Marketing and Democracy
Faculty Response (23 April 2008)
A number of discussants agreed that political marketing helps democracy by increasing the number of information sources and the amount of information available to voters. Do you think there should be truth-in-advertising standards for politicians, as there are for commercial products? Should there be regulations on the amount of advertising by candidates, political parties, businesses, unions, other special interest groups?
As some discussants noted, democracy is more than elections. Marketers, various government agencies, and not-for-profit organizations all provide goods and services to consumers and citizens. In some circumstances, e.g., disaster relief, they cooperate; in some, e.g., education, they compete. What lessons, if any, can leaders of these organizations take from each other so as to be more effective in serving people's needs?
In our new book Greater Good: How Good Marketing Makes for Better Democracy, we examined the impact of marketing on society. We concluded that contemporary marketing performs essential societal functions—and does so democratically. Also, that people would benefit if the realms of politics and marketing were informed by one another's best principles and practices. Some of the ideas provoke sharp reactions. We would like to get your thoughts.
Political candidates have seized on marketing techniques to promote candidates and sway public opinion. Well-funded candidates, political parties, and interest groups can overwhelm opponents with costly marketing and advertising—including negative, attack ads. But we propose that what's needed in politics is not less marketing but better marketing: focusing on current and emerging customer needs, developing product and service solutions, informing interested citizens about them and making them easily accessible. Do you think marketing by politicians and political parties helps or hurts democracy?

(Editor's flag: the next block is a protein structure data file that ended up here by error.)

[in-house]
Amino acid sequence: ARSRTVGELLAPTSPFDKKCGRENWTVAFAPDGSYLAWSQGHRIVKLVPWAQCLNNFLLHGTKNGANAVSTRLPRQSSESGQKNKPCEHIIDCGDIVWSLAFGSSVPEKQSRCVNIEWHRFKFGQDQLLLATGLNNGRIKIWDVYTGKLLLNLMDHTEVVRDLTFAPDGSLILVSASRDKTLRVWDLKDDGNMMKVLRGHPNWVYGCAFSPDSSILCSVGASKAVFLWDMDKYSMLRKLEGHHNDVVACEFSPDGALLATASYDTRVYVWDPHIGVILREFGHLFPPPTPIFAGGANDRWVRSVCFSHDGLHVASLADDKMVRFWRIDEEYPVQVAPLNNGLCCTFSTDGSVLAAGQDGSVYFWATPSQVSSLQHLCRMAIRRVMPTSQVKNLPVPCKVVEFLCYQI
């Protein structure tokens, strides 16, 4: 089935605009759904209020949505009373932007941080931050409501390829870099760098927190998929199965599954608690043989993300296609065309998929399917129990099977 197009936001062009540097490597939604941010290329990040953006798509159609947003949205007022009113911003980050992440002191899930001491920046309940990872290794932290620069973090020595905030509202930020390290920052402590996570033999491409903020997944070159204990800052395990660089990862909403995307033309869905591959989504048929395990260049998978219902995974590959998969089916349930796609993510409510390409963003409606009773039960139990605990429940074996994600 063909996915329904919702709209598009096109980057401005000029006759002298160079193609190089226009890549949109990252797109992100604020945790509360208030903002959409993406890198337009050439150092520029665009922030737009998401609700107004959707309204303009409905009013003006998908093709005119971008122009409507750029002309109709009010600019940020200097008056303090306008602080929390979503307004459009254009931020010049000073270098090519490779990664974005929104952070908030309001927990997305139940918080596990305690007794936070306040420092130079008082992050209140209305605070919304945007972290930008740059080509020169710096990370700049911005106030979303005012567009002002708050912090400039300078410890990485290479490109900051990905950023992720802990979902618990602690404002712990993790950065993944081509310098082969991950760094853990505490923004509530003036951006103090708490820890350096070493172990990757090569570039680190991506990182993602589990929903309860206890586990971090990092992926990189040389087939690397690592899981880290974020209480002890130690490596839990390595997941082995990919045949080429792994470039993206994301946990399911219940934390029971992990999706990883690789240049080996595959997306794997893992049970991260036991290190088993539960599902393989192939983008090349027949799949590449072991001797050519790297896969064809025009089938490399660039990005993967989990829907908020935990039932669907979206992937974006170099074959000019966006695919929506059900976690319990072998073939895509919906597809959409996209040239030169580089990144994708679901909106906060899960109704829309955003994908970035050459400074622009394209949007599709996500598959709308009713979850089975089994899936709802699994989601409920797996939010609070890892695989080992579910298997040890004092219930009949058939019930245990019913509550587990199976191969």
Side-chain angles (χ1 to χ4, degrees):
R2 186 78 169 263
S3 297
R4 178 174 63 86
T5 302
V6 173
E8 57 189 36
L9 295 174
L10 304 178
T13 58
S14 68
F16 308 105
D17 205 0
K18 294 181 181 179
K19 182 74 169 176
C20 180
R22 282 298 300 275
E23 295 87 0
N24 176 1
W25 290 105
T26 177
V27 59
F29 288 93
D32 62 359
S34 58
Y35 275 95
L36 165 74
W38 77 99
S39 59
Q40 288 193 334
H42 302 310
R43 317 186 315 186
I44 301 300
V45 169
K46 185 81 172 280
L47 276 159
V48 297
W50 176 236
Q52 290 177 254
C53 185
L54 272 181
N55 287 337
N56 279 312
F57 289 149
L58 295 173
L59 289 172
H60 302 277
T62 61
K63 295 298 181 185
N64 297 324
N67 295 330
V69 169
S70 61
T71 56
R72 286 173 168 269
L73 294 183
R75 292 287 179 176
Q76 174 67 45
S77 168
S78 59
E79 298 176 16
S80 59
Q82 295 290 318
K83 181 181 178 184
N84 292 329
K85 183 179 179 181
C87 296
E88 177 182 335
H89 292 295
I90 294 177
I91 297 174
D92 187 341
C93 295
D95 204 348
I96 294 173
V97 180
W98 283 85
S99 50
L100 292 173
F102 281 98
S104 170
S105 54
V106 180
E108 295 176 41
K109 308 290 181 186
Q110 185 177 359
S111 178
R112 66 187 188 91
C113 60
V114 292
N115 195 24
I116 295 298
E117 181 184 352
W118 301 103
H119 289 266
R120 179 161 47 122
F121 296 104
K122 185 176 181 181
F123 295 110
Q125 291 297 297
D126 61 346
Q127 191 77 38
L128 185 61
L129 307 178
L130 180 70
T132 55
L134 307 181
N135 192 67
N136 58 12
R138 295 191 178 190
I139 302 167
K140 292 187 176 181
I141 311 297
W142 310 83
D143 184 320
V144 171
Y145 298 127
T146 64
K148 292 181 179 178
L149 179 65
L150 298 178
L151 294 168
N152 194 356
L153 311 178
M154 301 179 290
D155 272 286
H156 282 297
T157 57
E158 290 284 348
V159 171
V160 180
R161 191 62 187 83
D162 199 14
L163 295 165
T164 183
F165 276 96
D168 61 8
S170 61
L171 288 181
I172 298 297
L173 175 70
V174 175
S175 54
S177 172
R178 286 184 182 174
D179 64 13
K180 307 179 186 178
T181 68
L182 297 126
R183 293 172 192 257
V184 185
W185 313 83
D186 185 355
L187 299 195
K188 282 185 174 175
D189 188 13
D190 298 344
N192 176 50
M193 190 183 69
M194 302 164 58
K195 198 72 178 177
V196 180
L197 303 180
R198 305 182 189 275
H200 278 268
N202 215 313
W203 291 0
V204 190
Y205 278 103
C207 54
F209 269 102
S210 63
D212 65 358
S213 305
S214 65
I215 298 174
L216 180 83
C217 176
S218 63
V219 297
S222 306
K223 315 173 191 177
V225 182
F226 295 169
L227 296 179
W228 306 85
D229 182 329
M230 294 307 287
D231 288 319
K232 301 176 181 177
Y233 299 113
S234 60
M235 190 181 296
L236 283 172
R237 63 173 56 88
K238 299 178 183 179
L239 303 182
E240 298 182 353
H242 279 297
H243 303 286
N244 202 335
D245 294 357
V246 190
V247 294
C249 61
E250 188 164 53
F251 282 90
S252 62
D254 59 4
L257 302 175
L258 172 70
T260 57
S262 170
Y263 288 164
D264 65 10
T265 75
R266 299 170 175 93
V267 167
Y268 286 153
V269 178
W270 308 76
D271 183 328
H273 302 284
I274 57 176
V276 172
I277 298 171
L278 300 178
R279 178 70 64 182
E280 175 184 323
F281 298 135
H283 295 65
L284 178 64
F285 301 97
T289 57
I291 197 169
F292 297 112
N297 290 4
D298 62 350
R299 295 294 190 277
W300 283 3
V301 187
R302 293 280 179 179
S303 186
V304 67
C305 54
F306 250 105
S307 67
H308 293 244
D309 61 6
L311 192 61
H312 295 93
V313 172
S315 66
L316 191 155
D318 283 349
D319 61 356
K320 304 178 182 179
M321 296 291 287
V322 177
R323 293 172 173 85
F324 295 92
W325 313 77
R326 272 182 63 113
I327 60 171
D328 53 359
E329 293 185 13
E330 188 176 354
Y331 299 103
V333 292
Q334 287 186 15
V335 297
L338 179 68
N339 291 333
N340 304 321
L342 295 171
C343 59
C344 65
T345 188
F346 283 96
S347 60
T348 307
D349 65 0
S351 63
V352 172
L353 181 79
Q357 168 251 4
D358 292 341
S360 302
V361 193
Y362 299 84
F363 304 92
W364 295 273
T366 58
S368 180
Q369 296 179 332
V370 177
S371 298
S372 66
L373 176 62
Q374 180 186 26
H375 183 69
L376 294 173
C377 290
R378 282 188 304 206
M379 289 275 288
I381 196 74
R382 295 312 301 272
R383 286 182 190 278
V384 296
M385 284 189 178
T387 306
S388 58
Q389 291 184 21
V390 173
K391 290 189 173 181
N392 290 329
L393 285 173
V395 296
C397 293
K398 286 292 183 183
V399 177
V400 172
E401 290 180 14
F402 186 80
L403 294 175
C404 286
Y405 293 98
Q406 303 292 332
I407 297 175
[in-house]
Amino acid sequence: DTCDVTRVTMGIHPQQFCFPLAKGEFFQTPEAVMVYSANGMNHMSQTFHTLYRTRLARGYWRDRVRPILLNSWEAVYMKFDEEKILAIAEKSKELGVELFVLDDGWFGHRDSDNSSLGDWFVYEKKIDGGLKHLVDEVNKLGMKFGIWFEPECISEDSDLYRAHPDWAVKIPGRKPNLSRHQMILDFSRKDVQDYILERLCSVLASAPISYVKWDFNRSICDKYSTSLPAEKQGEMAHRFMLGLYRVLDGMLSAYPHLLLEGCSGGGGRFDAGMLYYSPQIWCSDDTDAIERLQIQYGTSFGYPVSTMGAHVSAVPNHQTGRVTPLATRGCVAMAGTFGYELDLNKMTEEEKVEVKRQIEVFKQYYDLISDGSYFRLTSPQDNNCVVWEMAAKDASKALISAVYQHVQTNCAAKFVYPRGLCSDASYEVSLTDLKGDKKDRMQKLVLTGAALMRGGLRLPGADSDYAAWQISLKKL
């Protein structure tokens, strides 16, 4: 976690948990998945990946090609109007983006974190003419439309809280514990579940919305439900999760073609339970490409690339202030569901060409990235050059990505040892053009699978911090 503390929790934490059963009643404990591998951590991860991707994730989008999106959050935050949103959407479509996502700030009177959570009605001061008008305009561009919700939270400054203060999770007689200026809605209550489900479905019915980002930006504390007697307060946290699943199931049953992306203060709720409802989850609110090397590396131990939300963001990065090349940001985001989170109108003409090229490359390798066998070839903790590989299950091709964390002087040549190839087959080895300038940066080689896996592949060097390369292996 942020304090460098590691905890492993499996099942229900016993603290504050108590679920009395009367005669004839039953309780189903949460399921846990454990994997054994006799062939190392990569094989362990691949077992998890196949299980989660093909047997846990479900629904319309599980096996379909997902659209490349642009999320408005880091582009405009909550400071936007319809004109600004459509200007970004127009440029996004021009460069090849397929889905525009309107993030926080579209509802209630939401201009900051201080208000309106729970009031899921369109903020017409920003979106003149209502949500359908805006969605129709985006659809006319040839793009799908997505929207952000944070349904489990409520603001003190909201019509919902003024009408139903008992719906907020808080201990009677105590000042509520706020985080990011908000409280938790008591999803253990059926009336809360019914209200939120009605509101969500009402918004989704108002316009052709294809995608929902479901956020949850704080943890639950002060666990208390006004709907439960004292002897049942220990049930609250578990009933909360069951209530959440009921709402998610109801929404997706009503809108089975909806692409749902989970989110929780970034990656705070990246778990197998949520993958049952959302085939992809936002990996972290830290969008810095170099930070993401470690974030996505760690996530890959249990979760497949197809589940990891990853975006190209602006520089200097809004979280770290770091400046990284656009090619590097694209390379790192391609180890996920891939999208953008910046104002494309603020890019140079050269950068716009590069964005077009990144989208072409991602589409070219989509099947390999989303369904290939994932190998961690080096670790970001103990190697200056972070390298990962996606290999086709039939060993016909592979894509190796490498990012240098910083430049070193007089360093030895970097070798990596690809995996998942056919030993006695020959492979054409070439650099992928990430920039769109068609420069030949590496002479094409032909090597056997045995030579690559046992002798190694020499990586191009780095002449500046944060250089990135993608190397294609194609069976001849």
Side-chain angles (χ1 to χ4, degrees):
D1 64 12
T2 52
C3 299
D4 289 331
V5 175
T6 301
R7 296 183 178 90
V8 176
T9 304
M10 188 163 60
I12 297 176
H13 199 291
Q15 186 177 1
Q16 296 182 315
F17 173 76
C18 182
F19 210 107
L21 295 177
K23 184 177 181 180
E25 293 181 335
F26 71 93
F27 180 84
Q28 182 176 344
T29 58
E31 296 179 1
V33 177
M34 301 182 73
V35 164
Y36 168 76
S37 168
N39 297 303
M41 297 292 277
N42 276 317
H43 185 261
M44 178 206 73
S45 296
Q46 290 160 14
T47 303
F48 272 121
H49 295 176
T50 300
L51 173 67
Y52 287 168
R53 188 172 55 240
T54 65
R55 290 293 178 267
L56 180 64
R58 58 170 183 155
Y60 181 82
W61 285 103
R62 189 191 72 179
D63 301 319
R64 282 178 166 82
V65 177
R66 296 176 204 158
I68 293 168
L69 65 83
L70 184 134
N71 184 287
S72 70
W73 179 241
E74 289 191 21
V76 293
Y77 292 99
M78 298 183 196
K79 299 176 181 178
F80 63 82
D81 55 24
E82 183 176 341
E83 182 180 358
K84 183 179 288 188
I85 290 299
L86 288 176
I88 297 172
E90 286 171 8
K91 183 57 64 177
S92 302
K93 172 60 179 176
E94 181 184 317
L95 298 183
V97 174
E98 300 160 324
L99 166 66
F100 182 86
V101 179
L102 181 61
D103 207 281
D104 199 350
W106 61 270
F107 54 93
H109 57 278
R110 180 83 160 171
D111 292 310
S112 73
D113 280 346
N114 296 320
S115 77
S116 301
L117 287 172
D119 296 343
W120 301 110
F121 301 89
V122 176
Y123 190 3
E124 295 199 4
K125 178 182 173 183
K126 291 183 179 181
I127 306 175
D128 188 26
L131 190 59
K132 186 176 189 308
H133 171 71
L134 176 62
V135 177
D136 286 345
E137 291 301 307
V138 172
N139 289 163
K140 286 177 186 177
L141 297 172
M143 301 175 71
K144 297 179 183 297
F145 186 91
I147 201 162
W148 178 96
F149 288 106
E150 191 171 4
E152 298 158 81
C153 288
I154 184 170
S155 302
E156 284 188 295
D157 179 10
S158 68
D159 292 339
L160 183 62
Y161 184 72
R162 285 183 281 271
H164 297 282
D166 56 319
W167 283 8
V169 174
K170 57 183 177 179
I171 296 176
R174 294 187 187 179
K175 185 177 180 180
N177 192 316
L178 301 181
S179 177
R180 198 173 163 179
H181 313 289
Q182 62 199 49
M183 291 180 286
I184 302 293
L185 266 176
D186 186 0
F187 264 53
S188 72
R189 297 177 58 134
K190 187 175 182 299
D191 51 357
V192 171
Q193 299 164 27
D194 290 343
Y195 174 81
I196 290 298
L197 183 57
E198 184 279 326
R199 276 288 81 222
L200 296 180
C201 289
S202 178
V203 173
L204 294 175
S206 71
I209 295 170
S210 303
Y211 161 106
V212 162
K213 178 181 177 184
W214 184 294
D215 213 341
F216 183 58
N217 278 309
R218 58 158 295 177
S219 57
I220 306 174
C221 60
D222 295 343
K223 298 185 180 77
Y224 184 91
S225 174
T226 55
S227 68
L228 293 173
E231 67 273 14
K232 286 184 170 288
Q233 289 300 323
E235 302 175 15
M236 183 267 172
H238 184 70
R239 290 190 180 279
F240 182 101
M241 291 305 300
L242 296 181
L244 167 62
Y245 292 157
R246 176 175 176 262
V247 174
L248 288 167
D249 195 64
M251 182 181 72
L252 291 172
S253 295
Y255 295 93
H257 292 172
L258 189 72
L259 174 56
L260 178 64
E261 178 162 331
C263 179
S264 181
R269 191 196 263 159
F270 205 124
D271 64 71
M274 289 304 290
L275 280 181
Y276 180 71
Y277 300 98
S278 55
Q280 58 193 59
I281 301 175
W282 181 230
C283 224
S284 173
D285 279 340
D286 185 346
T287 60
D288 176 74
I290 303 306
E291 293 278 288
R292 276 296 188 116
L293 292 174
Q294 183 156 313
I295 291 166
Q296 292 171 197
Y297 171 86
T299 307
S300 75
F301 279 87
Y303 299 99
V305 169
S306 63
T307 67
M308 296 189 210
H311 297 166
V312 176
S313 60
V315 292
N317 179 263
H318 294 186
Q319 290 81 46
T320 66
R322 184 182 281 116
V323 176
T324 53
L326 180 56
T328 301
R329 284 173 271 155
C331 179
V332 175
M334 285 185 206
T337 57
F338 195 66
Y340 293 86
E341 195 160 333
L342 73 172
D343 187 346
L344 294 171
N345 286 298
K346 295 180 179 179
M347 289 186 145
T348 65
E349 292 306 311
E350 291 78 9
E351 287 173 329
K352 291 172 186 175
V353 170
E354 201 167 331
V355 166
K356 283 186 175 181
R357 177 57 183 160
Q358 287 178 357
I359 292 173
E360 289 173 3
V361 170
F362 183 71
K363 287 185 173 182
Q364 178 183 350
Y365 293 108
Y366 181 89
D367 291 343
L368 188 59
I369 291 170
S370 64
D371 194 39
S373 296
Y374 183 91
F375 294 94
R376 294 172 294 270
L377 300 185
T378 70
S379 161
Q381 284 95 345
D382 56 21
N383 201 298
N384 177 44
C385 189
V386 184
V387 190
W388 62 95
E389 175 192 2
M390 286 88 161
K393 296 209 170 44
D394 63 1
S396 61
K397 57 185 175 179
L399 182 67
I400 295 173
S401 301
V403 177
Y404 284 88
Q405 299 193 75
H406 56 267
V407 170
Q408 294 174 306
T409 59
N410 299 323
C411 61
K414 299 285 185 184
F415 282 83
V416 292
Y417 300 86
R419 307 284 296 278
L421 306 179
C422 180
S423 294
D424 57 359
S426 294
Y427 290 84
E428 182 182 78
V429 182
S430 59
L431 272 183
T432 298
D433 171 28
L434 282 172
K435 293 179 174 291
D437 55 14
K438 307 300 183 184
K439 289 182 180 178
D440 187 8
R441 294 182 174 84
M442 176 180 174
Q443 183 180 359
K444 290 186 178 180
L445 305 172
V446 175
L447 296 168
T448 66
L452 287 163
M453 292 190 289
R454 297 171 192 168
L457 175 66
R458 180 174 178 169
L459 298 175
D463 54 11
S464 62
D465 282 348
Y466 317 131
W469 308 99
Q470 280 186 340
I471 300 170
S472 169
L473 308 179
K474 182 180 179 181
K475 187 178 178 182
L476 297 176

Good marketing delivers benefits that are very similar to the pillars of democracy: marketers give consumers information; they offer choice; they engage consumers; most seek to be inclusive; there is fair, mutual exchange with consumers; and subsequent consumption of goods and service satisfies needs and improves human welfare. A critical difference is that marketplace exchanges tilt toward pursuit of self-interest and democratic political exchanges, in the ideal, tilt toward pursuit of the common good. In practice, is the commercial marketplace more democratic than political institutions?
The Conversation is question- or topic-based dialogue between two conversation leads and our Centennial- site visitors. Every month or so, our conversation leads will pose a question to you, our visitors, to get your thoughts on specific issues in the world of business. The Conversation invites you to join the dialogue, and selections from these responses are made available online.
John A. Quelch
Lincoln Filene Professor of Business Administration
Senior Associate Dean
Professor John Quelch writes a blog on marketing issues, called Marketing KnowHow, for Harvard Business Online. And, if you like The Conversation, you may also enjoy What Do YOU Think?, an ongoing dialogue between Harvard Business School professor Jim Heskett and the readers of HBS Working Knowledge.